Often news headlines announce that prominent people have been found engaging in actions that fly in the face of their stated convictions. Many a Hollywood drama’s main call to action comes from a character fearing that some dirty secret will become revealed, destroying their life/career/relationship.

In thinking about blackmail and duplicity, I am reminded of a story I read earlier this year about how Russia tried to gain leverage over a foreign national – while on a business trip to Moscow, two prostitutes were sent to his room, with the ensuing actions videotaped from behind a two-way mirror. When the tape was eventually shown to the diplomat, obstensibly to shame/coerce him into some action, he instead laughed uproariously and asked for copies. What leverage did the Russians have over him at that point? Zero.

If someone doesn’t feel shame or regret about something they’ve done, it would be difficult to use that information against them. Obviously there are some topics that could distract from a more important narrative or discussion, but by and large I don’t see how things one isn’t bothered by being a large or long enough detail to hurt their career or family in the long run.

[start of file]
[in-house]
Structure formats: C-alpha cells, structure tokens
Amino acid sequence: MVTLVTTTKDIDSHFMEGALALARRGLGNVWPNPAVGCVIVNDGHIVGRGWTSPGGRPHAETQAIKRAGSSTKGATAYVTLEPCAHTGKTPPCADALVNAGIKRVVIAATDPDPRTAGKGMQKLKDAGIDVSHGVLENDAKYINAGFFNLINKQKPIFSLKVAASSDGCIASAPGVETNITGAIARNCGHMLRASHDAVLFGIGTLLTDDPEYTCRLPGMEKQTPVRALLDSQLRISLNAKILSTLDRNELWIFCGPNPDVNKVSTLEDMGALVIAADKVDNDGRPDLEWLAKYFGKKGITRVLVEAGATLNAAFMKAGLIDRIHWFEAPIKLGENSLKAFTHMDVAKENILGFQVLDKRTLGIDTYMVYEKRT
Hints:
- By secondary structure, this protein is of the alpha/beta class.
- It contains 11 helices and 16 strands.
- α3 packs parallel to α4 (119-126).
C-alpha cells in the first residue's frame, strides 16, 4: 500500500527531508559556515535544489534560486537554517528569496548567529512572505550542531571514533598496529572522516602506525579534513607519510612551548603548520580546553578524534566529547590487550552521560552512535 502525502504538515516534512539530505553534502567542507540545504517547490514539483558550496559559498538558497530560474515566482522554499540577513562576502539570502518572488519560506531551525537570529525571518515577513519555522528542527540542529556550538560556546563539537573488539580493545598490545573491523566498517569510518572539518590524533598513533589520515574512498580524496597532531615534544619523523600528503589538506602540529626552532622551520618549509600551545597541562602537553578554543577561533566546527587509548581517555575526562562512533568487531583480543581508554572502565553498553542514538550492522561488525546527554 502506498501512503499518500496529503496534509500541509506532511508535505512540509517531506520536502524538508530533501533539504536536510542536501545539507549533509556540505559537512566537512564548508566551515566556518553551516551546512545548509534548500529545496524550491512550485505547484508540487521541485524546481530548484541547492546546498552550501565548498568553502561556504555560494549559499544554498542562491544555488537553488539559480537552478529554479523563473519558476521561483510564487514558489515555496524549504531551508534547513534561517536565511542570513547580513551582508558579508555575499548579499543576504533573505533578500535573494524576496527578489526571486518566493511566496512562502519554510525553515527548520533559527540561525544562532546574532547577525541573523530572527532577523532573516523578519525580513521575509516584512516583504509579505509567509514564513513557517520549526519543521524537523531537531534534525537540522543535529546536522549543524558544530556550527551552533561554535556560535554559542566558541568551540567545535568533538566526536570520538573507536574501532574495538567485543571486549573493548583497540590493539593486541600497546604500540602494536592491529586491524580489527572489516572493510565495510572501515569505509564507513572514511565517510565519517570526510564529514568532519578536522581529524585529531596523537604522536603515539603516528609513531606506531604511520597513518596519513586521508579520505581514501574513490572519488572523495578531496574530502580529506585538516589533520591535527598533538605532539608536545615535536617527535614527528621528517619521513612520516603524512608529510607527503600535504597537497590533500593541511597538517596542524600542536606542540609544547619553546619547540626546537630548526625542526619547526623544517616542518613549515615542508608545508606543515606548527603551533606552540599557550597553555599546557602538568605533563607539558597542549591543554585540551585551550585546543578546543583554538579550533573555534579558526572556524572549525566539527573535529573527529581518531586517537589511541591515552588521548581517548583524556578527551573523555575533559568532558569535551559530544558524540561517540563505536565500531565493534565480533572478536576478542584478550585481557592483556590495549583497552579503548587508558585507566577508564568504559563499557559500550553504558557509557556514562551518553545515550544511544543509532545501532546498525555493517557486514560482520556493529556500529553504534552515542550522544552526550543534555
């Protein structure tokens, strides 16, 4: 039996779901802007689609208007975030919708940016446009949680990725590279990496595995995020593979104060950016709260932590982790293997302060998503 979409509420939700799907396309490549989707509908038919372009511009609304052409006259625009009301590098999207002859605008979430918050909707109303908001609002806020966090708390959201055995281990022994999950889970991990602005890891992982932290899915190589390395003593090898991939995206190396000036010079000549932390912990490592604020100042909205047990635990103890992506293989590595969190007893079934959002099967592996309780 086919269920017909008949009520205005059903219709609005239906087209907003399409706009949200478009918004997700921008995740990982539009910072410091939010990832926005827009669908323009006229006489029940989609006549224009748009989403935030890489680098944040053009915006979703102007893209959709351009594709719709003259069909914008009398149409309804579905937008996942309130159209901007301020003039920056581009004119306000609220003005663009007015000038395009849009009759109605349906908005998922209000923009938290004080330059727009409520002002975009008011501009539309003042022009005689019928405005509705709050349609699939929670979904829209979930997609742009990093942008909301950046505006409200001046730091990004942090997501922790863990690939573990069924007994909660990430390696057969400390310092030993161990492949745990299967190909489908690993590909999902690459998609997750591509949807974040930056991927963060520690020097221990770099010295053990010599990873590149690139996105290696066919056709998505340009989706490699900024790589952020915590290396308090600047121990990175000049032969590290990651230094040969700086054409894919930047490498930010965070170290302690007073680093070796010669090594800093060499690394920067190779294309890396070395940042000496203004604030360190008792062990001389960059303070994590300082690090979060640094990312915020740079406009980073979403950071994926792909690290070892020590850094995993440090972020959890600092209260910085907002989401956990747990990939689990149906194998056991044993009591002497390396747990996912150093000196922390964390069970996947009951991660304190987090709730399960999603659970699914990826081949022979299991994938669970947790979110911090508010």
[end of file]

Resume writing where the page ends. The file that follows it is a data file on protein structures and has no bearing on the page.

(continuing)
This topic came up a few years ago when I was discussing the process of obtaining security clearance with a few infosec professionals, and they mentioned that it’s fine to have skeletons in the closet, so long as the applicant owns up to them during the vetting process – if they’re known, any damage from their subsequent release can be planned for and mitigated ahead of time.

There are things I’ve done and said that I’m not particularly proud of, certainly, but I really can’t think of anything in my life that I would feel I had to actively hide or shy away from. What I’ve done is mine to own and mine to explain, if or when necessary, and I’m comfortable with that.

Not a small part of me wonders what our would would be like if people didn’t have such shame or fear about themselves; where people felt more open and willing to talk about themselves and their lives with honesty and candor, without needing to creatively omit or couch their words so as to rose-tiny reality.

In the aggregate are any of our actions going to be used against us for leverage or blackmail? Absolutely not. What I do find valuable however is the process of examining myself and my actions, and either coming to terms with the rough edges or making plans to be better the next time a like situation arises.

Regret is an innate human emotion, but I think its heavy and burdensome effects are largely of our own design. Wouldn’t it be nice to lighten the load?